After a not-so-great year, for either humanity or comedy (vote now in the Australian Tumbleweed Awards 2020!), it’s the holidays – a time to relax, eat and drink too much, and enjoy some Christmas laughs.
The Chaser’s War on 2020, a series of end-of-year videos on The Shovel’s YouTube channel, has got a bit of attention, mainly for their sketch in which former Movie Show critics Margaret Pomeranz and David Stratton review the year 2020 like it’s a film.
Yeah, okay, we get the joke – and it’s a decent enough joke – but do we have to watch it play out over more than three minutes when that’s pretty much all it is? That one joke.
Other sketches in the War on 2020 series are along similar lines, i.e. there’s an decent satirical conceit at the heart of the sketch…and that’s about all.
The series has its moments (i.e. Norman Swan with his toilet paper stockpile in the Dickhead-19 sketch) – and any decent human being is on-board with the sentiments in Writing White Characters and Symbolic Gesture Day – but that’s not enough. Be funnier, dammit!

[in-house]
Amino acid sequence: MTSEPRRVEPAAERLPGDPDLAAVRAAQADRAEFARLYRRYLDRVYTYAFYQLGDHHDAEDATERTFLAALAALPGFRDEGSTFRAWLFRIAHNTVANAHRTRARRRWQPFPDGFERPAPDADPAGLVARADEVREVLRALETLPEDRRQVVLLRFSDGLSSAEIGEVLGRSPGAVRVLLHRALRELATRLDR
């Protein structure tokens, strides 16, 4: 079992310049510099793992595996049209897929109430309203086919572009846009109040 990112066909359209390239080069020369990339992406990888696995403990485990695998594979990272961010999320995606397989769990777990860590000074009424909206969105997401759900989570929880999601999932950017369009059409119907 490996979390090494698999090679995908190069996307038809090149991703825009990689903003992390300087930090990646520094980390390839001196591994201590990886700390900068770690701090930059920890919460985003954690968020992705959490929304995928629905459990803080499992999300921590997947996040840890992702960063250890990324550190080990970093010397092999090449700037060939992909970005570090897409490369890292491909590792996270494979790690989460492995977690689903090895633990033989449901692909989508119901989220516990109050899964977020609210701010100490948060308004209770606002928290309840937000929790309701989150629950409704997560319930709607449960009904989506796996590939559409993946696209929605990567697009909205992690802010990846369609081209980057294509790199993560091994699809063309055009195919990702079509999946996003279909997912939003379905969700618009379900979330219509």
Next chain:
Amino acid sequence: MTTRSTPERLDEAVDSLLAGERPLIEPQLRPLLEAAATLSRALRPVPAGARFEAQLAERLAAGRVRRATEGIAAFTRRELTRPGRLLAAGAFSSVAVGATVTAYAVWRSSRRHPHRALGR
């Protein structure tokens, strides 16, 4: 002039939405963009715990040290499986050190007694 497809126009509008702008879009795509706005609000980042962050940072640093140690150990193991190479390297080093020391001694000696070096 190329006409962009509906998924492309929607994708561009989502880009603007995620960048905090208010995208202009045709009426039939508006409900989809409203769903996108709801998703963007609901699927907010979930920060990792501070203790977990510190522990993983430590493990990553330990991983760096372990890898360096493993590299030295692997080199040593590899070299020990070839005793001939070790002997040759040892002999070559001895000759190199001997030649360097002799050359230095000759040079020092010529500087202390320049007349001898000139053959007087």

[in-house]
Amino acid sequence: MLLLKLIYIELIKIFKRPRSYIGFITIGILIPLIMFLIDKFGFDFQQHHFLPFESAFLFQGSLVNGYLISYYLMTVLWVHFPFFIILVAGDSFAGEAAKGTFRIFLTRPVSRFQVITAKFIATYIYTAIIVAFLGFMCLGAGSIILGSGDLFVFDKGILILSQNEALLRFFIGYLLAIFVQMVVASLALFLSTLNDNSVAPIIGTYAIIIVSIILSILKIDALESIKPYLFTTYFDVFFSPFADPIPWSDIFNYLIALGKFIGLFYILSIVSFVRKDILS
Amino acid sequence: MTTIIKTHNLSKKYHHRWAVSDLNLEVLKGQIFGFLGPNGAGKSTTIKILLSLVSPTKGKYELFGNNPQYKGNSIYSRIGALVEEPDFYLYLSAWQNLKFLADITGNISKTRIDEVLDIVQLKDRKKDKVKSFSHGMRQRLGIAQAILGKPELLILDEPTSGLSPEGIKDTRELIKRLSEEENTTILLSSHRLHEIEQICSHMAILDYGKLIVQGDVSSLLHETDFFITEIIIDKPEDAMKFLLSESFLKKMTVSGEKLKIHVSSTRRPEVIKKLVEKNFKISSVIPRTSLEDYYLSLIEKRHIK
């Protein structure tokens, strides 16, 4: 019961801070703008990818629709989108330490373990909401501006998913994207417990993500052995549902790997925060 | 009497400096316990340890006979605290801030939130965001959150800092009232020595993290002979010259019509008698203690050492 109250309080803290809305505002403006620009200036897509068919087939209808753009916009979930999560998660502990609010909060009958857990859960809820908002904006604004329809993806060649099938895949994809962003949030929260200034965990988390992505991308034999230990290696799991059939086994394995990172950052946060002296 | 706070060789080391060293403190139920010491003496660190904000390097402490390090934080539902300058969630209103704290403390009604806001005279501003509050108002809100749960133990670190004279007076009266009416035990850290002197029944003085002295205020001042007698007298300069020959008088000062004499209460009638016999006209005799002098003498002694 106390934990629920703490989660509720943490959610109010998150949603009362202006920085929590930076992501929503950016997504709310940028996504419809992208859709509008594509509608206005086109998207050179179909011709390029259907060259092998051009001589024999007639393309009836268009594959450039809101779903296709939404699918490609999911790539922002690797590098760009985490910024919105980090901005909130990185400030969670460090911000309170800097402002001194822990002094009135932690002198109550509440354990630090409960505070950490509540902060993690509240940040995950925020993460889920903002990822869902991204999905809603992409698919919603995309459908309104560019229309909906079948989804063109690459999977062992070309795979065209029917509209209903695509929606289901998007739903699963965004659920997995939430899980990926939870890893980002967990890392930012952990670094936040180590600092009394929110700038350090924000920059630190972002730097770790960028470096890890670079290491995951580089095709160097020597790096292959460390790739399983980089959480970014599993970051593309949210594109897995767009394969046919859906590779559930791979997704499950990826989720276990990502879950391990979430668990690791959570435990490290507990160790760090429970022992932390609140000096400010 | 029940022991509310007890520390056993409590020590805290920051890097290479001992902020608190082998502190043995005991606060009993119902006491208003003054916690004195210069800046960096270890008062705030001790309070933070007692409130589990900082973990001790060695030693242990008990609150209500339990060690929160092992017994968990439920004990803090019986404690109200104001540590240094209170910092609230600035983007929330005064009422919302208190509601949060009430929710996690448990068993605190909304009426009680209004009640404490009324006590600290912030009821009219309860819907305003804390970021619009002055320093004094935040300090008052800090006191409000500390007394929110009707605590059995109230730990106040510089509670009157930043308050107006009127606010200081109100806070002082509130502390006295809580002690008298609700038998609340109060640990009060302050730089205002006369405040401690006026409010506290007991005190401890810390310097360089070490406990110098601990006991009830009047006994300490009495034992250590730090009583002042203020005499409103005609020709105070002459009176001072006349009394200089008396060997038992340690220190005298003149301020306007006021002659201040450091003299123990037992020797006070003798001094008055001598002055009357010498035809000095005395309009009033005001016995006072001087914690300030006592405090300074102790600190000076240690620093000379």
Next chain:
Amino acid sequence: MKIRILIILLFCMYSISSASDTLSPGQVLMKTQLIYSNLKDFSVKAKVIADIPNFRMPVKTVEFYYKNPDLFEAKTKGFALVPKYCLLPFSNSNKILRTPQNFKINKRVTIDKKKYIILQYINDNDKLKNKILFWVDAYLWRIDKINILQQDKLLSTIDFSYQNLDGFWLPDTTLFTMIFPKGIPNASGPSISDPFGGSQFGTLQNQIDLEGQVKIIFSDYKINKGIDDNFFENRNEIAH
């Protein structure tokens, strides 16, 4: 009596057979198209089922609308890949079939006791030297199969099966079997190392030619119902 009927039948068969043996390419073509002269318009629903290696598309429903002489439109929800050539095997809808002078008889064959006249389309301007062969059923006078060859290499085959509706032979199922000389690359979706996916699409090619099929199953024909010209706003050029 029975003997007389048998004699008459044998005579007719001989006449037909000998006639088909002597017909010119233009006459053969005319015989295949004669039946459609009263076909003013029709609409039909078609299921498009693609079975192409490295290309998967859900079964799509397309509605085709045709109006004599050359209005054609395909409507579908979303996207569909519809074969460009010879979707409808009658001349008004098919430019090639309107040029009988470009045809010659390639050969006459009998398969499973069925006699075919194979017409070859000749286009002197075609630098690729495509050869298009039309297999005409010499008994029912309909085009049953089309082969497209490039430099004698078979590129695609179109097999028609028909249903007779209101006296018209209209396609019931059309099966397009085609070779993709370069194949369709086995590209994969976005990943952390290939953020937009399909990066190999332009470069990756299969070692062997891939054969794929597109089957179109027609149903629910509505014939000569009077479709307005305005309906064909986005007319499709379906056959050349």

Laughs were in greater supply in Shaun Micallef’s Mad As Hell Pagan Holiday Special, an hour of Christmas comedy that featured many much-loved characters in a half-hearted parody of A Christmas Carol.
Casper Jonquil was Tiny Tim, Dolly Norman returned as the Ghost of Christmas Past, Darius Horsham played the Ghost of Christmas Present, and who better than Brian Pegmatite to play the Ghost of Christmas Yet to Come.
Add in parodies of Vera and Call the Midwife, a Claymation Rudolf the Red Nose Reindeer,and a version of Beethoven’s Symphony No. 9 (Ode to Joy), with Stephen Hall and Francis Greenslade dressed as teeth, and this was a pretty-solid hour of comedy. Better, we’re predicting, than tomorrow night’s The Yearly, anyway.
The lesson here? At Christmas time, even in the middle of a global pandemic and a climate change emergency, the satire should be a bit more subtle. There were as many hard-hitting gags about our awful government in Mad As Hell as there were in the War on 2020, but Mad As… made sure they were funny. Or at least stupid.
And right now, stupid jokes are about all we can cope with.